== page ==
First of all, \(\Omega_1(E_1)\delta E_1\) and \(\Omega_2(E_2)\delta E_2\) are the phase space volume for these two subsystems. Since most of the volume in phase space is near the surface, we can instead write \(\Omega_1(E_1)\) and \(\Omega_2(E_2)\) to denote the two volumes in phase space. Second, it’s clear that the probability density of subsystem 1 having energy \(E_1\) is proportional to the ’allowed’ volume product of the two subsystems.

\[\rho_1(E_1) \propto \Omega_1(E_1)\Omega_2(E_2)\]

where \(E_2 = E - E_1\). And finally, we impose the normalization condition:

\[\int \rho_1(E_1)dE_1 = A \int \Omega_1(E_1)\Omega_2(E-E_1)dE_1 = A \Omega(E) = 1\]

A is the proportional constant and equal to \(1/\Omega(E)\). Therefore,

\[\rho_1(E_1) = \frac{\Omega_1(E_1)\Omega_2(E_2)}{\Omega(E)}\]

If we maximize the probability at \(E_1\):

\[\frac{d\rho_1}{dE_1} = 0\]

\[\frac{1}{\Omega_1}\frac{d\Omega_1}{dE_1} - \frac{1}{\Omega_2}\frac{d\Omega_2}{dE_2} = 0\]

By plugging the definition of entropy \(S = k_B log(\Omega)\),

\[\frac{1}{k_B}\frac{dS_1}{dE_1} - \frac{1}{k_B}\frac{dS_2}{dE_2} = 0\]

\[\frac{dS_1}{dE_1} + \frac{dS_2}{dE_1} = \frac{d}{dE_1}(S(E_1)+S(E_2)) = 0\]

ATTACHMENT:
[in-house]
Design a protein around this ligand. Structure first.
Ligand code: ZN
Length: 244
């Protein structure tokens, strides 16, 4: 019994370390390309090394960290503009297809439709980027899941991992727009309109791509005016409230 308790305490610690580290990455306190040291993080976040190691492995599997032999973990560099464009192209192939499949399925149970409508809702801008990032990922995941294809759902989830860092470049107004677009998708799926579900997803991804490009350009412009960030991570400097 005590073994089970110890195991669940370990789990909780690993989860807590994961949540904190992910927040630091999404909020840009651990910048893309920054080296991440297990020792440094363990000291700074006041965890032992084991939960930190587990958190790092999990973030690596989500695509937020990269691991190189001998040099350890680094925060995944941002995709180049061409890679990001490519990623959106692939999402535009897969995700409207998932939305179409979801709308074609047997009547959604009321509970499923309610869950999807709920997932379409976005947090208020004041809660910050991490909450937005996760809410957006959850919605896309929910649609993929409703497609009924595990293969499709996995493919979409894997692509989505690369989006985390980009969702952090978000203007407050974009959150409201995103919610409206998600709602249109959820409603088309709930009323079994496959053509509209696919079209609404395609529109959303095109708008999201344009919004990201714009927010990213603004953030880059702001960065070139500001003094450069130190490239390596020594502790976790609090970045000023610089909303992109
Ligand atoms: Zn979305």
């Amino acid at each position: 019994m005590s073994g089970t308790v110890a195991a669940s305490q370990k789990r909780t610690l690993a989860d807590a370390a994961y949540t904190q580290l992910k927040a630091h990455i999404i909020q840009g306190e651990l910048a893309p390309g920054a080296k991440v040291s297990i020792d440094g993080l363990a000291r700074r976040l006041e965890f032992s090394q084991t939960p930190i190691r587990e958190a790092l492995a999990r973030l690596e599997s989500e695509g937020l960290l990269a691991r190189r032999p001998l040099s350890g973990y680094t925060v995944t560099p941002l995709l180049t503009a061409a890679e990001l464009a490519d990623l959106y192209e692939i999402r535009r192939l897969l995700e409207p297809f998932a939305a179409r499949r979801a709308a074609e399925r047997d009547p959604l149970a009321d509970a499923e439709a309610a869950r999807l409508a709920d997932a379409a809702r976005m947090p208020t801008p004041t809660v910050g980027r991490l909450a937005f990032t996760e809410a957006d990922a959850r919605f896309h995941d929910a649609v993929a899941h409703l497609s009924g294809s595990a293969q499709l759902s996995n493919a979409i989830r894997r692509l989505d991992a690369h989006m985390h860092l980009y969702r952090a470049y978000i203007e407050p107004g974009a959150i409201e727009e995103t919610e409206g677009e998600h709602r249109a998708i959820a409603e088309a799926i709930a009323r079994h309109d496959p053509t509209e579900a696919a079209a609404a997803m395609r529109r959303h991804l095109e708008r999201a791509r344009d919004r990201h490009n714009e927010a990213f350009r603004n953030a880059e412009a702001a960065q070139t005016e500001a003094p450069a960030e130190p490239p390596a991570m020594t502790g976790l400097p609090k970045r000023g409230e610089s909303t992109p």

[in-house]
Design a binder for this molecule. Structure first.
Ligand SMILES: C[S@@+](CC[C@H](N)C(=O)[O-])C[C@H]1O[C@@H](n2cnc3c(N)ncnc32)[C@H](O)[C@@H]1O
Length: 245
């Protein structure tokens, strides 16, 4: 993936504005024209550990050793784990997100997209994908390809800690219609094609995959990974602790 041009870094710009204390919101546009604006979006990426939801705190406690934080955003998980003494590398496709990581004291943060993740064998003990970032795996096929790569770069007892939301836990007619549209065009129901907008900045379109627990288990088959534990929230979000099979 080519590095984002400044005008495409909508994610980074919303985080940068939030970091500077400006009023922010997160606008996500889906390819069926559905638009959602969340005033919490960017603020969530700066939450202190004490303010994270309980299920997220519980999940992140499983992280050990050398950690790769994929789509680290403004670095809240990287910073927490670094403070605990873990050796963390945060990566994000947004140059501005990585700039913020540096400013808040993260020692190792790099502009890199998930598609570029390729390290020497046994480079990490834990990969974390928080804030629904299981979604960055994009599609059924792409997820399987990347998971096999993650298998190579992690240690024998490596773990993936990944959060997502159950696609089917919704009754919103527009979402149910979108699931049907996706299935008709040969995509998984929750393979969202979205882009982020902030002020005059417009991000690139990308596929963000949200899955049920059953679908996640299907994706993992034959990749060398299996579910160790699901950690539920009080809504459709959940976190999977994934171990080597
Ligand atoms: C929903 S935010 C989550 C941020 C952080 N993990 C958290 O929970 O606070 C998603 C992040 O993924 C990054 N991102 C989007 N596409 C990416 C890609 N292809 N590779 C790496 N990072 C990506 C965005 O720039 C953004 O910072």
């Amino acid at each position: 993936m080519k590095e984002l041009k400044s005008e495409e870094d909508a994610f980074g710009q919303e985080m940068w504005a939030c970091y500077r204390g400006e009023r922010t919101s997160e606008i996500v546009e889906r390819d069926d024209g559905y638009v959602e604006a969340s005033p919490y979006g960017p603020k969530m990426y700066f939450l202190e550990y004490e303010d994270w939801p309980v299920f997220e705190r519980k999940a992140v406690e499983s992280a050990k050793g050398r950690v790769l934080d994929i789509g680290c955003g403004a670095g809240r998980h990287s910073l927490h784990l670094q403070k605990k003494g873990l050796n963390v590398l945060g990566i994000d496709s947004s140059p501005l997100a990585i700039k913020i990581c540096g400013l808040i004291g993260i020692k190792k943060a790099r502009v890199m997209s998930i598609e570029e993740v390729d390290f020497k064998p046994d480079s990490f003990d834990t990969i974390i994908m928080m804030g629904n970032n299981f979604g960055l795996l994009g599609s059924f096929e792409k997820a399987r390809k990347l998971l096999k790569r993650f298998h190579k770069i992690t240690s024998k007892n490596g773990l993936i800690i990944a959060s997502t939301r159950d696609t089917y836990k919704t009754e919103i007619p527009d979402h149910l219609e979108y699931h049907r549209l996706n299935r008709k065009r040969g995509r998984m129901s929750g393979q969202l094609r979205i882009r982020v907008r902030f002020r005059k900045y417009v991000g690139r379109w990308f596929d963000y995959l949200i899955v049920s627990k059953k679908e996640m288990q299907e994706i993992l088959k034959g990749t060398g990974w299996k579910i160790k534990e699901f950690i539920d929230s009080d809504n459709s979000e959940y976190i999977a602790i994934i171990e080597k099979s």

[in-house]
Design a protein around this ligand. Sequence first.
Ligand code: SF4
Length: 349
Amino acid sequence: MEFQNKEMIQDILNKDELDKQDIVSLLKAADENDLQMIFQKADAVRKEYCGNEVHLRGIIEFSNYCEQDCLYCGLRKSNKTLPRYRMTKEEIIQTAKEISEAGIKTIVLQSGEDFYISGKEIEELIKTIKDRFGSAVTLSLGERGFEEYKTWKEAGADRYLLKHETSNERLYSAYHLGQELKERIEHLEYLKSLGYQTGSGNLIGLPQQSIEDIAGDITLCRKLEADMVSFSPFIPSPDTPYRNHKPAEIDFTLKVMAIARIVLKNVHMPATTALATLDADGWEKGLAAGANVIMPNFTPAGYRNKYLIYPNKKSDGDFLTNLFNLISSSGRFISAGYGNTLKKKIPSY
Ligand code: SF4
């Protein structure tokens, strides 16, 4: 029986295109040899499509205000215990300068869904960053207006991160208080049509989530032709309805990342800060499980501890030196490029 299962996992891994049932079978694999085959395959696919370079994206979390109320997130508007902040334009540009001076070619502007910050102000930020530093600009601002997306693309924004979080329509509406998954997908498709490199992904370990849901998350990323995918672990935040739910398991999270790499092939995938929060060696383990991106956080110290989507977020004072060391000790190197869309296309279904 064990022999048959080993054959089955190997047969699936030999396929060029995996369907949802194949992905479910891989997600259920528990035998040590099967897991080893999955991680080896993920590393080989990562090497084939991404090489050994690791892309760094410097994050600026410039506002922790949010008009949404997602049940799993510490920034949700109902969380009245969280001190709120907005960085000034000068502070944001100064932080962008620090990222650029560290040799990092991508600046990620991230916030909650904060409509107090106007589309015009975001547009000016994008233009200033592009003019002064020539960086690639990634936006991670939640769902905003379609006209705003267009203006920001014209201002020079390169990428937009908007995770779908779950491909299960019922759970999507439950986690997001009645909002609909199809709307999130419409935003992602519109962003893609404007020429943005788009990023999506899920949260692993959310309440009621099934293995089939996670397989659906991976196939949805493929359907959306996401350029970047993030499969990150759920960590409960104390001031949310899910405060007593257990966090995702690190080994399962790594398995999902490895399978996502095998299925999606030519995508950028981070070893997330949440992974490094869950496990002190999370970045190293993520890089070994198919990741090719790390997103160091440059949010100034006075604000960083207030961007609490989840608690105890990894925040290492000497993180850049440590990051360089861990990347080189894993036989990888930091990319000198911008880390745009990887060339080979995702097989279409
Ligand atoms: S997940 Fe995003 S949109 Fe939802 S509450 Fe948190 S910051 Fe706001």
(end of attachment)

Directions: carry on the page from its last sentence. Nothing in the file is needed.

,which implies the maximization of the sum of entropies of both subsystems.

For (6), we see that if the probability density \(\rho(E_1)\) is maximized,

\[\frac{1}{T_1} = \frac{1}{T_2}\]

The chemical potential is defined as

\[\mu = \left( \frac{\partial E}{\partial N} \right) _{S,V}\]

The chemical potential is the energy cost to add in a particle. It is also associated with intermolecular potentials. As one particle is introduced, the chemical potential is the average of all the possible interactions with other particles originally in the system. As the number of introduced particles increases, the energy of the system also increases due to the chemical potential, which is also thought of as the population pressure for the molecules. For two subsystems of different chemical potential, i.e. one is more populated than the others, the particles will flow from the high chemical potential (or high density) one to the other.